The results are in, and while the Alexandria City Public School preliminary numbers demonstrate some familiar, “challenging” trends, they also provide some groundbreaking news for meeting the federal government’s Adequate Yearly Progress standard, according to results released by the Virginia Department of Education last week.
For the third year in a row, the school system did not make AYP the series of ever-rising benchmarks set by the No Child Left Behind legislation that ultimately reach 100 percent passing by 2014 but for the first time ever the city’s middle schools made the grade in English and math.
Earlier this summer, school officials had projected that the middle schools could achieve AYP, which is different than the state’s accreditation standard but based on the same standardized testing.
“We were very hopeful that perhaps the middle schools might make it,” School Board Chair Yvonne Folkerts said. “Still, it’s very much what we were hoping to see for the middle schools so it’s great news.”
Math scores in particular had been a bugaboo for the middle schools but implementing new, focused programs last year in the subject proved to be part of a winning equation, school officials said.
The AYP standard in math rose to a 79 percent passing rate this year, up four points from the year before, while the English measure also rose four points to 81 percent, according to the Virginia Department of Education. Statewide, 71 percent of schools and only 45 percent of school districts met AYP.
According to the preliminary statistics, nine Alexandria city schools met the AYP standard compared to 10 the year before.
In some cases, like those of the middle schools, schools met or exceeded the federal benchmarks after not having done so in the past, and others did not keep up with the increasingly rigorous measures.
Patrick Henry Elementary School made AYP in English and math for the first time since 2006-2007 following the introduction of new programs there and the Mt. Vernon Community School made AYP in English but not math, still an improvement upon last year.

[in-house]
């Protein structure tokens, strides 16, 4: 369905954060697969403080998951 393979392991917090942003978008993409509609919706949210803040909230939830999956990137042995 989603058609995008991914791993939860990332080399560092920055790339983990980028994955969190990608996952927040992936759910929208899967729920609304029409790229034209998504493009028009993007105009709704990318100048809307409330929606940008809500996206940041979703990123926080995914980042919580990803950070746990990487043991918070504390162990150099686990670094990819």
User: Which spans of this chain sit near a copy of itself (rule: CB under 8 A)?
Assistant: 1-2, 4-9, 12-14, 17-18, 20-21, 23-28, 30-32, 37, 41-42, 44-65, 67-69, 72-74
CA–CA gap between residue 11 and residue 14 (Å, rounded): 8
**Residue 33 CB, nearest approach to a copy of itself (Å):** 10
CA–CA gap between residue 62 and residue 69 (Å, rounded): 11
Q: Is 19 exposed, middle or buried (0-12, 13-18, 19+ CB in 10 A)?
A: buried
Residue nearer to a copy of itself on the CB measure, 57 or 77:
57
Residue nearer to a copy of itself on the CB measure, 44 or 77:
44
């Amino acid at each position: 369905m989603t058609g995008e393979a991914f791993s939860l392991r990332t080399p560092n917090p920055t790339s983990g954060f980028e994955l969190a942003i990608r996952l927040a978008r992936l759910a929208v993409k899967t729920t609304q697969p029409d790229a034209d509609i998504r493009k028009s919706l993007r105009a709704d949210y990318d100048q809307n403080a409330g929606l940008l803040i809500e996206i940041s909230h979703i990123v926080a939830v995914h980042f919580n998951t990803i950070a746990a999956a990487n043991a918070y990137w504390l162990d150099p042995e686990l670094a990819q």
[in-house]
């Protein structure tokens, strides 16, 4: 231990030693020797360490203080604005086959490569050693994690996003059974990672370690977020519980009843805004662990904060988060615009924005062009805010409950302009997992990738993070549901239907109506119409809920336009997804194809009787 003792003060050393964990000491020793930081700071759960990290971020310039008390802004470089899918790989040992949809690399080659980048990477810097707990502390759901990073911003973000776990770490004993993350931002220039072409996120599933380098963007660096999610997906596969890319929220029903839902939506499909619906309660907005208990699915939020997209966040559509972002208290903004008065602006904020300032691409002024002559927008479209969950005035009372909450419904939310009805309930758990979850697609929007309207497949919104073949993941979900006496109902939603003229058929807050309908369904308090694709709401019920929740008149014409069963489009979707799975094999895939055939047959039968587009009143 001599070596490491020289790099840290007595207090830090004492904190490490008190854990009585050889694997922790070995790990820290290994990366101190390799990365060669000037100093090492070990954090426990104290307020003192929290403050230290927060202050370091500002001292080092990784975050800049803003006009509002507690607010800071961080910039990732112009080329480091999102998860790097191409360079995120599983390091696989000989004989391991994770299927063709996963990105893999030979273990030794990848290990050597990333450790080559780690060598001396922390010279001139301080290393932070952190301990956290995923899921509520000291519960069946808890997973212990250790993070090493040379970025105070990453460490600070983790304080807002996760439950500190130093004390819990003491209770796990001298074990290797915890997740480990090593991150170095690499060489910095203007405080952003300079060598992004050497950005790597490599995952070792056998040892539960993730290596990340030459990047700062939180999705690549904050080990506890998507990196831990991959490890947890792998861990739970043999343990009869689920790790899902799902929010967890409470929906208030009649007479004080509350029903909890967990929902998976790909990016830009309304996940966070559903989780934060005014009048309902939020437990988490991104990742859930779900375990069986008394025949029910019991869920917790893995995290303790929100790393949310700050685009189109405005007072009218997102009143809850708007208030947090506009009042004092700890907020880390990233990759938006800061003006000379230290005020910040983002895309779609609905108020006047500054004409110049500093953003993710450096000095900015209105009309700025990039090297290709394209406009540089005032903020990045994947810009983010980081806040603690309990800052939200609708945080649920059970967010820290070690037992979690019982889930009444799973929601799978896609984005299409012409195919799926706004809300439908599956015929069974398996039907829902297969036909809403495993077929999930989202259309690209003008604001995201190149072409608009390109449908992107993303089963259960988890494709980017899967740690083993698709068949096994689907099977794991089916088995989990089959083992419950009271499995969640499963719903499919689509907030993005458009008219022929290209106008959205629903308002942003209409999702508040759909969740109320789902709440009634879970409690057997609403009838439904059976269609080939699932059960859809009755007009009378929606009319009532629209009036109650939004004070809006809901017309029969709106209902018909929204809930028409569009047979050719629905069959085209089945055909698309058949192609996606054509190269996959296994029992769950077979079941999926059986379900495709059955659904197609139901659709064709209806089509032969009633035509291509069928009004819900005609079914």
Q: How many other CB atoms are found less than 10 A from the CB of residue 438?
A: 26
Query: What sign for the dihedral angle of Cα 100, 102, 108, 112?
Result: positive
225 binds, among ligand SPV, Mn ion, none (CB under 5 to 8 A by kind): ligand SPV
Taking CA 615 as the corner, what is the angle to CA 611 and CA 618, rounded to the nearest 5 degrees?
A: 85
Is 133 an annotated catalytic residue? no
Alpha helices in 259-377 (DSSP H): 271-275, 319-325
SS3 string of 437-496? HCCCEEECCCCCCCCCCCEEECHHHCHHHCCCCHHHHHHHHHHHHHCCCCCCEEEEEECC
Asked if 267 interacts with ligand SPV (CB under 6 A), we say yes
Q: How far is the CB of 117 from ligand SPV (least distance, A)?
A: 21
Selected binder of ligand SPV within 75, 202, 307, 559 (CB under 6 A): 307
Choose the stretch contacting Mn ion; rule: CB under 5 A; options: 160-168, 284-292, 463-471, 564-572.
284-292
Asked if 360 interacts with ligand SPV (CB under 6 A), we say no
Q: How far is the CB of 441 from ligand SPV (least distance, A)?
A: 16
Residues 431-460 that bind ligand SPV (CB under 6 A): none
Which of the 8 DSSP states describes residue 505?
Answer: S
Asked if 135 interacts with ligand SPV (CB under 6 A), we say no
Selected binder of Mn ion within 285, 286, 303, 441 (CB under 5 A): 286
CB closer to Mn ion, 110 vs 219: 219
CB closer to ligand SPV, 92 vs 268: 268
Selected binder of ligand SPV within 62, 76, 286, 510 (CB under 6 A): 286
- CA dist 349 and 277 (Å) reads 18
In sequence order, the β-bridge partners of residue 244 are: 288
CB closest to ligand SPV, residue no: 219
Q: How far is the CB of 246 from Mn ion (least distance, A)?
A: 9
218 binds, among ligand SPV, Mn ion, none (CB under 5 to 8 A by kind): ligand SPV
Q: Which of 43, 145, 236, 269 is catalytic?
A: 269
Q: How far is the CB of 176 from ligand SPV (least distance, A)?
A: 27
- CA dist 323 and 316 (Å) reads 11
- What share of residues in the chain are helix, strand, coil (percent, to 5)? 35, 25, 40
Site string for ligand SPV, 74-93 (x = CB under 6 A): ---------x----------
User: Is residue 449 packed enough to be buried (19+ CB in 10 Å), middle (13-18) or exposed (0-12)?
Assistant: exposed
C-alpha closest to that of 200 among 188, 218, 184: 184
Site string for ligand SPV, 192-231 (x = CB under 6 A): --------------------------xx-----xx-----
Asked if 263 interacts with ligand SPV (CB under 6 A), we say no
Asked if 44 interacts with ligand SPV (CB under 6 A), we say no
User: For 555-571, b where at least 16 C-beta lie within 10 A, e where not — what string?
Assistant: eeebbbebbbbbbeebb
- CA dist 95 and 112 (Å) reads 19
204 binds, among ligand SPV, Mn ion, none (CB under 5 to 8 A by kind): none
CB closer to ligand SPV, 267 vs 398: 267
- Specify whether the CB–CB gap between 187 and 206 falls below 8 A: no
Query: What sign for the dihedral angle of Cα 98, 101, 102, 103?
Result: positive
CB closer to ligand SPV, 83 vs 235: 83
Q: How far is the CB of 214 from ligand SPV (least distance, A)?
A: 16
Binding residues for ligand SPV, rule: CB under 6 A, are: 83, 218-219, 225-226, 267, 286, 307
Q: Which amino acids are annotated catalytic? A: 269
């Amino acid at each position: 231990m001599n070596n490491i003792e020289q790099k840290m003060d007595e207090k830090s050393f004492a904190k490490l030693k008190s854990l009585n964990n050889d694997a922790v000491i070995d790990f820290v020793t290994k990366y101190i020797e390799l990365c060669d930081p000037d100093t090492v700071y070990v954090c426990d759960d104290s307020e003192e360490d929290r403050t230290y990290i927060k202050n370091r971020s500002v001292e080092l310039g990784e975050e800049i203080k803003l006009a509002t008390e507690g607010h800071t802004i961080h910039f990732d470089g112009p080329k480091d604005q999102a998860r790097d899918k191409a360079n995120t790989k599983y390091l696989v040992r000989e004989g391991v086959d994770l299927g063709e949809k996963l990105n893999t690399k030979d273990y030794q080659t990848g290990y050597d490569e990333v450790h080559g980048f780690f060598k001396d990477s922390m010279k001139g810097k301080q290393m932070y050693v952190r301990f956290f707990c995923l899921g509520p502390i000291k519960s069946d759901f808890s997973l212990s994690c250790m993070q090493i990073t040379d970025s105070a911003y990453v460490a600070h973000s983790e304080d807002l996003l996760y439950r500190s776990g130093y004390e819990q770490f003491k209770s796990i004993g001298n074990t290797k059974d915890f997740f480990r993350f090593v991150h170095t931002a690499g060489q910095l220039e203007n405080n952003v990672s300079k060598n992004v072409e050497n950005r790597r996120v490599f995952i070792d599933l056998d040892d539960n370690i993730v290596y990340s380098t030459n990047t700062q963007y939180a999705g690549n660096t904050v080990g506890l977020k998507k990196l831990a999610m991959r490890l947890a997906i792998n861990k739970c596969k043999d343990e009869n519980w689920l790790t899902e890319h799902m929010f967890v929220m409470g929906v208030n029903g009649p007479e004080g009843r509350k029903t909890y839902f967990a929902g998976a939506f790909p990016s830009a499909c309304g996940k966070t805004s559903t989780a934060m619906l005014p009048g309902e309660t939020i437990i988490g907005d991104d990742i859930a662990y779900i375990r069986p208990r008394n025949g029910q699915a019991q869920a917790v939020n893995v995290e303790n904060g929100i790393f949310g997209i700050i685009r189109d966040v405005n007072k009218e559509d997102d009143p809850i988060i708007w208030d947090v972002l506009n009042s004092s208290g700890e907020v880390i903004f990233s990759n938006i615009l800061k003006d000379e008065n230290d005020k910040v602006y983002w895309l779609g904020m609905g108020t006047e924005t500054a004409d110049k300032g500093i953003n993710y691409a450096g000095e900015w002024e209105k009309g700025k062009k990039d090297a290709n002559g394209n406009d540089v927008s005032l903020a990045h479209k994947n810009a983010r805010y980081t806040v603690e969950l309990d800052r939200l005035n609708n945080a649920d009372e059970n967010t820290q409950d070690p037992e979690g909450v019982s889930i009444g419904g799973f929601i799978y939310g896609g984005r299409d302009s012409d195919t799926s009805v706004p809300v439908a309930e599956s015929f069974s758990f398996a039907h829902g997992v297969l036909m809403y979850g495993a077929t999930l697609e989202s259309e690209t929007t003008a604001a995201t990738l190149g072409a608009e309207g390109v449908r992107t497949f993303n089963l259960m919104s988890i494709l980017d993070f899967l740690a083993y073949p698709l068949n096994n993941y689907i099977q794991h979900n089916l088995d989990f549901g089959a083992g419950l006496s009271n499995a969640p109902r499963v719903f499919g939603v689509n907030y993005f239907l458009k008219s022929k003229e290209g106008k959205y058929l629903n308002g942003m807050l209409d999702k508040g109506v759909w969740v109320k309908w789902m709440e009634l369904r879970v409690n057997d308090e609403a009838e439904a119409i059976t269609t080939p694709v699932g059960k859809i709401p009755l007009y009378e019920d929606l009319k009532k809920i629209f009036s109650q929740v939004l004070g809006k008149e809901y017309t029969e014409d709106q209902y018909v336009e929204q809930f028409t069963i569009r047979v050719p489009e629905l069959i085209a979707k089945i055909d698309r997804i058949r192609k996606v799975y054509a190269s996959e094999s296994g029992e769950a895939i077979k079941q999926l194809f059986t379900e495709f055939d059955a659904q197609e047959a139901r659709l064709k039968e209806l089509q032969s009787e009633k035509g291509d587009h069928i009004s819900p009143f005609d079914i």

Meanwhile, T.C. Williams High School again did not meet the standard and Cora Kelly, John Adams and Jefferson-Houston elementary schools did not make AYP after doing so last year.
Some of the results did not surprise school leaders, who had seen similar situations before.
“You know, we knew that Jefferson-Houston would still have its challenges but there are a lot of good things in place there so we’re hoping to see that continue to improve,” Folkerts said. “And we knew, overall, that T.C. probably wouldn’t make it and we knew therefore, that we probably wouldn’t make it as a division.”
Amy Carlini, the schools’ director of communications, said, “I wouldn’t say that anyone was surprised. I would say that there were a lot of areas where we were very pleased with the increases we were not happy that some of our students still are not meeting minimal benchmarks.”
In English in nearly every sub-group of students Alexandria schools saw a higher rate of improvement than the state average.
However, with the exception of the city’s white students, the city still lags behind. ACPS students improved from 80 percent passing last year to 85 percent in the most recent batch of English test scores. Statewide, 87 percent of students passed last year compared to 89 percent this year.
Seventy-six percent of Alexandria students passed the math portion, improving three percent from last year, while the state average stood at 86 percent, according to the state.
The No Child Left Behind Act mandates 100 percent passing rates for both English and math loom for 2014, but school leaders are already talking about trying to beat that deadline.
“The School Board, at our retreat earlier this summer, had a conversation as to can we make the NCLB 100 percent passing benchmark by 2014, if not earlier, and the superintendent threw out the possibility of 2011,” Folkerts said.
However, to reach that perfect passing rate, Folkerts said the work will need to continue to improve at all levels, implementing effective programs like those that already proved successful at schools this year.
“The challenge, too, with the NCLB is that the [standards] go up every year, the bar is always rising,” she said. “I think it’s incumbent upon us to support the recommendations that the superintendent brings forward, make sure the funding is there for the proper interventions to help schools meet these benchmarks.”